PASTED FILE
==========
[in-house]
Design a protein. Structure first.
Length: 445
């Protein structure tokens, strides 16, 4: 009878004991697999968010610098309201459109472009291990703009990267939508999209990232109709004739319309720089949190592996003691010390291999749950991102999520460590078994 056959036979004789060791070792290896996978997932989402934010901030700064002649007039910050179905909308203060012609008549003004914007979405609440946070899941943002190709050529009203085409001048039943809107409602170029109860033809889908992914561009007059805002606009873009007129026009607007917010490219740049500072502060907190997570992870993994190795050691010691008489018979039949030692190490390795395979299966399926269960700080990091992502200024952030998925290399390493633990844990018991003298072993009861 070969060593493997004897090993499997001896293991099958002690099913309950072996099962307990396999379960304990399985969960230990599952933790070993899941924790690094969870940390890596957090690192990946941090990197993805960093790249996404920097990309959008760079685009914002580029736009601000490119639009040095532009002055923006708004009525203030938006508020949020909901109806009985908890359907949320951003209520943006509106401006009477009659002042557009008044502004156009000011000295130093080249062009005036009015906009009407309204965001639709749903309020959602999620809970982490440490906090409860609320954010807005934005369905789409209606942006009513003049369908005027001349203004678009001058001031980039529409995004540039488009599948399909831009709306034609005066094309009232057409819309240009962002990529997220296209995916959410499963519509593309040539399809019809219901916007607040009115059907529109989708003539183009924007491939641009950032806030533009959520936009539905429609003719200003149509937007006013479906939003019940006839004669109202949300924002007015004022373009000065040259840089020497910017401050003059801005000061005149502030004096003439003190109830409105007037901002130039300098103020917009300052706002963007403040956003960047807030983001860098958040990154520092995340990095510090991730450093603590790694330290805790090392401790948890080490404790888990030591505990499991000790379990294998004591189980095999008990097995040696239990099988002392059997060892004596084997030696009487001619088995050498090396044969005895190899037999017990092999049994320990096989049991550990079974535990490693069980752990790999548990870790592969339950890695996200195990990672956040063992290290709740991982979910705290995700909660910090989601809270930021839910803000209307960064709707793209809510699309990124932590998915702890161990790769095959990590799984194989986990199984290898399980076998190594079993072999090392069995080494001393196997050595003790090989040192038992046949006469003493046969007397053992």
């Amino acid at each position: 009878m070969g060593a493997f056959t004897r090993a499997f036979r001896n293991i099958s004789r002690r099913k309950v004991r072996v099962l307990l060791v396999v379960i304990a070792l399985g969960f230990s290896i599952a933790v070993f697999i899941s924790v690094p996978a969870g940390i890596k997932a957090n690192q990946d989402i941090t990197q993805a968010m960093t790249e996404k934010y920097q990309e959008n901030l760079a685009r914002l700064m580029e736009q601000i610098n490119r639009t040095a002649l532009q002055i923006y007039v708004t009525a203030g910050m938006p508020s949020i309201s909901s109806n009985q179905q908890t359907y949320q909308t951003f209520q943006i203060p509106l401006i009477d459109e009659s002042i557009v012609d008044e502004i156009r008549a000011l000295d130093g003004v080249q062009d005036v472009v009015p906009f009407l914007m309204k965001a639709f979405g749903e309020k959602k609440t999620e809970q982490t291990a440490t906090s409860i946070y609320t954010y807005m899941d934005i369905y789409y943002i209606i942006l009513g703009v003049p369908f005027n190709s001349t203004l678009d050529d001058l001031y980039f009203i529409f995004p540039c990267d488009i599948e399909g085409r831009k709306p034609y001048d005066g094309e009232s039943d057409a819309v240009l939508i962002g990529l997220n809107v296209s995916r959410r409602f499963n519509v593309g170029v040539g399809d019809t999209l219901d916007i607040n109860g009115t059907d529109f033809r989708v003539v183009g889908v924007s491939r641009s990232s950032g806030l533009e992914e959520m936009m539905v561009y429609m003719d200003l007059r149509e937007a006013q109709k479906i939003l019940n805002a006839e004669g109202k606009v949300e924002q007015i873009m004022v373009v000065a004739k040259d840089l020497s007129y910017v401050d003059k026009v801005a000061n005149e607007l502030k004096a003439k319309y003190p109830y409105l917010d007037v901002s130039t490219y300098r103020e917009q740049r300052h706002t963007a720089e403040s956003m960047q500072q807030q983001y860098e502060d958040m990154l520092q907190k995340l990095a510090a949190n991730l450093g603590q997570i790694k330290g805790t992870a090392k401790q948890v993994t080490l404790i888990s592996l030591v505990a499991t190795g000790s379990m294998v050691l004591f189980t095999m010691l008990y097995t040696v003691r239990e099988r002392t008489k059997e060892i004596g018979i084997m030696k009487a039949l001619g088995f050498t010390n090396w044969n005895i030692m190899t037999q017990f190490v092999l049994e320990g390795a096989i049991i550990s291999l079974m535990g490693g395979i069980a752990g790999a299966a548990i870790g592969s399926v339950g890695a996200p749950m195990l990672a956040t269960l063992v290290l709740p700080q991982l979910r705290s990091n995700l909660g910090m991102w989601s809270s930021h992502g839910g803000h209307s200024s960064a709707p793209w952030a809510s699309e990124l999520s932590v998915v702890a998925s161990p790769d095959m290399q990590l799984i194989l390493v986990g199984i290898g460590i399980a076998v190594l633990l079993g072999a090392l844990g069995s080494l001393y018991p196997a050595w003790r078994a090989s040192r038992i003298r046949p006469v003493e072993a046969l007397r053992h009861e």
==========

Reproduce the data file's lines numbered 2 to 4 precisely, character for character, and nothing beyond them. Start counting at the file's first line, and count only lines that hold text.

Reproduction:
Design a protein. Structure first.
Length: 445
């Protein structure tokens, strides 16, 4: 009878004991697999968010610098309201459109472009291990703009990267939508999209990232109709004739319309720089949190592996003691010390291999749950991102999520460590078994 056959036979004789060791070792290896996978997932989402934010901030700064002649007039910050179905909308203060012609008549003004914007979405609440946070899941943002190709050529009203085409001048039943809107409602170029109860033809889908992914561009007059805002606009873009007129026009607007917010490219740049500072502060907190997570992870993994190795050691010691008489018979039949030692190490390795395979299966399926269960700080990091992502200024952030998925290399390493633990844990018991003298072993009861 070969060593493997004897090993499997001896293991099958002690099913309950072996099962307990396999379960304990399985969960230990599952933790070993899941924790690094969870940390890596957090690192990946941090990197993805960093790249996404920097990309959008760079685009914002580029736009601000490119639009040095532009002055923006708004009525203030938006508020949020909901109806009985908890359907949320951003209520943006509106401006009477009659002042557009008044502004156009000011000295130093080249062009005036009015906009009407309204965001639709749903309020959602999620809970982490440490906090409860609320954010807005934005369905789409209606942006009513003049369908005027001349203004678009001058001031980039529409995004540039488009599948399909831009709306034609005066094309009232057409819309240009962002990529997220296209995916959410499963519509593309040539399809019809219901916007607040009115059907529109989708003539183009924007491939641009950032806030533009959520936009539905429609003719200003149509937007006013479906939003019940006839004669109202949300924002007015004022373009000065040259840089020497910017401050003059801005000061005149502030004096003439003190109830409105007037901002130039300098103020917009300052706002963007403040956003960047807030983001860098958040990154520092995340990095510090991730450093603590790694330290805790090392401790948890080490404790888990030591505990499991000790379990294998004591189980095999008990097995040696239990099988002392059997060892004596084997030696009487001619088995050498090396044969005895190899037999017990092999049994320990096989049991550990079974535990490693069980752990790999548990870790592969339950890695996200195990990672956040063992290290709740991982979910705290995700909660910090989601809270930021839910803000209307960064709707793209809510699309990124932590998915702890161990790769095959990590799984194989986990199984290898399980076998190594079993072999090392069995080494001393196997050595003790090989040192038992046949006469003493046969007397053992």